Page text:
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DENVER — Another Colorado sheriff’s office is being accused of violating immigrants’ rights by holding them in jail at the request of federal immigration authorities, according to a lawsuit filed Monday by the American Civil Liberties Union of Colorado.

The complaint filed in Teller County District Court argues that Sheriff Jason Mikesell “continues to hold prisoners in custody after state law requires their release.”

Teller County Sheriff Commander Greg Couch said he could not comment on the suit immediately because Mikesell had not received it. The ACLU filed a similar suit in El Paso County earlier this year.

In Teller County, the group is suing on behalf of Leonardo Canseco Salinas, a 44-year-old man who was arrested July 14 on two misdemeanor charges.

According to the lawsuit, Canseco wants to post his $800 bond but unnamed jail officials said he still would not be released because of an “ICE hold.” According to the lawsuit, the office has no written policies for responding to immigration officials’ requests but regularly complies “even after the detainee has posted bond, completed his sentence, or otherwise resolved his criminal case.”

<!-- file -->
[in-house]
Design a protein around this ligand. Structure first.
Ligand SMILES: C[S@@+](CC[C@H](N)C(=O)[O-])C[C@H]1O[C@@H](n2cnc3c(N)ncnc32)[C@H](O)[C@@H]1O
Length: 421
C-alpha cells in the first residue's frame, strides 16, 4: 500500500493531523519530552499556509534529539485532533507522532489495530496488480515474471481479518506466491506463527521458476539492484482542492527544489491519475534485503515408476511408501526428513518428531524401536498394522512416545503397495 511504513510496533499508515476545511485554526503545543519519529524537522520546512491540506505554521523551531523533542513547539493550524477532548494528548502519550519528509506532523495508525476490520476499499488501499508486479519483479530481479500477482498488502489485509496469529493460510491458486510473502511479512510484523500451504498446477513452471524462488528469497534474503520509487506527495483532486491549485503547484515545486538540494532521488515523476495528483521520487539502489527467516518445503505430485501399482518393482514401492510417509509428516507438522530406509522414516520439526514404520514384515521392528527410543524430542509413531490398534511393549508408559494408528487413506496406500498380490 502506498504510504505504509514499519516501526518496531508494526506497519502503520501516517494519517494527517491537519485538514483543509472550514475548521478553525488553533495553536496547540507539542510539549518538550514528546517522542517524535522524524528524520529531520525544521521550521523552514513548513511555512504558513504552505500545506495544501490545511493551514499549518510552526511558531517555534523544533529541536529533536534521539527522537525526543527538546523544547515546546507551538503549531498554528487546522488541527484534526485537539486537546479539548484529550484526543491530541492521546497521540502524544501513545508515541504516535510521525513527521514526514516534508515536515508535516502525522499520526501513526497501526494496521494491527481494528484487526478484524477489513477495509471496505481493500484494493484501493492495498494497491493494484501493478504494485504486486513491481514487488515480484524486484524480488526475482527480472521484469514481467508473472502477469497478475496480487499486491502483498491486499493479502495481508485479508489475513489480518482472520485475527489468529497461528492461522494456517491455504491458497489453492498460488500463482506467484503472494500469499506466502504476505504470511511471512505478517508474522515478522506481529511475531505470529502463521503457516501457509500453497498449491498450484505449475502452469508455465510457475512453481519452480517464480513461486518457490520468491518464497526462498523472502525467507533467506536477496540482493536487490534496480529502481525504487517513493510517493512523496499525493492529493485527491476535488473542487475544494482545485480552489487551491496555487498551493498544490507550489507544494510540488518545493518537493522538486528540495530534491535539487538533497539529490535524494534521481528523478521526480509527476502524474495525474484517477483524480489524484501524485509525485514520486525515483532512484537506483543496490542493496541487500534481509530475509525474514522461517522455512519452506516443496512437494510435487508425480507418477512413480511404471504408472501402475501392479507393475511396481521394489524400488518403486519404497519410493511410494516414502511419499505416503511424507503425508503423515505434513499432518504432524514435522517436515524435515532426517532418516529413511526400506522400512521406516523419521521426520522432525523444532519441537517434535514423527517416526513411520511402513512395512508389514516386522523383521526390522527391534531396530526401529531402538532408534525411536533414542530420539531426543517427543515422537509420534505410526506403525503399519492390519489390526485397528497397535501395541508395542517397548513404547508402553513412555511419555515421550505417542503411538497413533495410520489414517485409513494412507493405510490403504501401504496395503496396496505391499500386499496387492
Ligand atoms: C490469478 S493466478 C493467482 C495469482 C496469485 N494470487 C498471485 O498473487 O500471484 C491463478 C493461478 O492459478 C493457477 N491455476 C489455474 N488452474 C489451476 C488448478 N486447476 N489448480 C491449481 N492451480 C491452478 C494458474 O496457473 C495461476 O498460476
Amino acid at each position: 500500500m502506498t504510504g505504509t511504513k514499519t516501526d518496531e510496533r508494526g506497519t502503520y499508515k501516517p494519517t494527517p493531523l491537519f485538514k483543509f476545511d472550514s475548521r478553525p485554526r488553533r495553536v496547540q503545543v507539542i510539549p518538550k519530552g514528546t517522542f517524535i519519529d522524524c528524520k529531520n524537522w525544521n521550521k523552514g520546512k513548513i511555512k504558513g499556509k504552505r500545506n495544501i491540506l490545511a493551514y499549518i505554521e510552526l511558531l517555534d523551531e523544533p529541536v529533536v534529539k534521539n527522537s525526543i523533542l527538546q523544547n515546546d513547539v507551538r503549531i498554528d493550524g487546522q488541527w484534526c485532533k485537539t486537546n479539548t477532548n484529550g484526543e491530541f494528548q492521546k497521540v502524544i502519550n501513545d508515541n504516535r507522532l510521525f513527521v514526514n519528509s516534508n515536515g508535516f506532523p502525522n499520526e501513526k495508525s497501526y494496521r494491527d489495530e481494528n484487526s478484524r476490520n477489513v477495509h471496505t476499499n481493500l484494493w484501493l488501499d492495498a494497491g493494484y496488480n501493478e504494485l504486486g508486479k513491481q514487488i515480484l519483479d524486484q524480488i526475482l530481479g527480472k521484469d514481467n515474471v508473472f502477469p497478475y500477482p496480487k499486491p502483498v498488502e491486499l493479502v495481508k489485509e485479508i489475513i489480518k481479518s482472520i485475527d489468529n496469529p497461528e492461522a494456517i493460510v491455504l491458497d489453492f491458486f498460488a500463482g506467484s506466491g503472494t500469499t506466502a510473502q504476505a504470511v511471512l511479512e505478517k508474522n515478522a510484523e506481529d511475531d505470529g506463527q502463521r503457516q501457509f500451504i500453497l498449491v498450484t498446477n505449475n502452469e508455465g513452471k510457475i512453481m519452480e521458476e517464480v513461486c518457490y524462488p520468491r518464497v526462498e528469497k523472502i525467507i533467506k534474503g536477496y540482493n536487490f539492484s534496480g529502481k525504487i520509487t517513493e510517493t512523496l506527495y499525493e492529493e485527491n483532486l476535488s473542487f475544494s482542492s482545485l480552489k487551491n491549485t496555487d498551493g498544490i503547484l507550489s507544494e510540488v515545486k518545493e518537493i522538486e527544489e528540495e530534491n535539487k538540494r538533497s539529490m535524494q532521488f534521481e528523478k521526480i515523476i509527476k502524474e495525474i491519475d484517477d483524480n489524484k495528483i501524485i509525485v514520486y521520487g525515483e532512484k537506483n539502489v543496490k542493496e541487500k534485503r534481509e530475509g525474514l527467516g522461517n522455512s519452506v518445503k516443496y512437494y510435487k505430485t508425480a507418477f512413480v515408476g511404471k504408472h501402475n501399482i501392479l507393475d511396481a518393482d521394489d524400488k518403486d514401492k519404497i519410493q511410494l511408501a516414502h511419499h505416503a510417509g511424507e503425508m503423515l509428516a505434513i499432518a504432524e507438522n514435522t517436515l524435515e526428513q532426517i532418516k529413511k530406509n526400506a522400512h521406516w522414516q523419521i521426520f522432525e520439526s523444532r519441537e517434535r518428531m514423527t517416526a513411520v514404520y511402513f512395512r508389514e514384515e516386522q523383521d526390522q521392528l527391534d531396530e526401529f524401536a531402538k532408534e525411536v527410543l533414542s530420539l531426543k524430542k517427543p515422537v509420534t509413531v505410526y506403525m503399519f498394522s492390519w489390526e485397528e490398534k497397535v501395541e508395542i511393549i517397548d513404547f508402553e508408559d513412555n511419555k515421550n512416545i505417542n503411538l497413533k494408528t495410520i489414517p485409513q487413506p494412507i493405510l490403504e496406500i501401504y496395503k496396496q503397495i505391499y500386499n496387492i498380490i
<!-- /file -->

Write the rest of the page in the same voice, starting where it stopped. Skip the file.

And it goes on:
“Colorado sheriffs have no authority to enforce federal immigration law,” ACLU Legal Director Mark Silverstein said. “Being present in the country in violation of the immigration laws is a civil matter, not a crime.”

The group in February filed a similar lawsuit against El Paso County Sheriff Bill Elder on behalf of two men, accusing the sheriff’s office of holding people “for days, weeks and even months after state law requires their release.” At the time, ACLU officials said they believed the suit was the first legal challenge to the argument that a housing contract could allow sheriffs to hold people for immigration authorities.

Elder’s office argued that it had an agreement to house people suspected of being in the country illegally on behalf of federal Immigrations and Customs Enforcement.

A judge ruled in March that Elder cannot continue holding people once they have paid bond or otherwise resolved their state cases.

That suit also has been granted class action status, expanding it to any current and future inmates of El Paso County’s jail.

Courts in several states have ruled that local law enforcement cannot hold people for immigration authorities without violating their Fourth Amendment right against unreasonable search and seizure.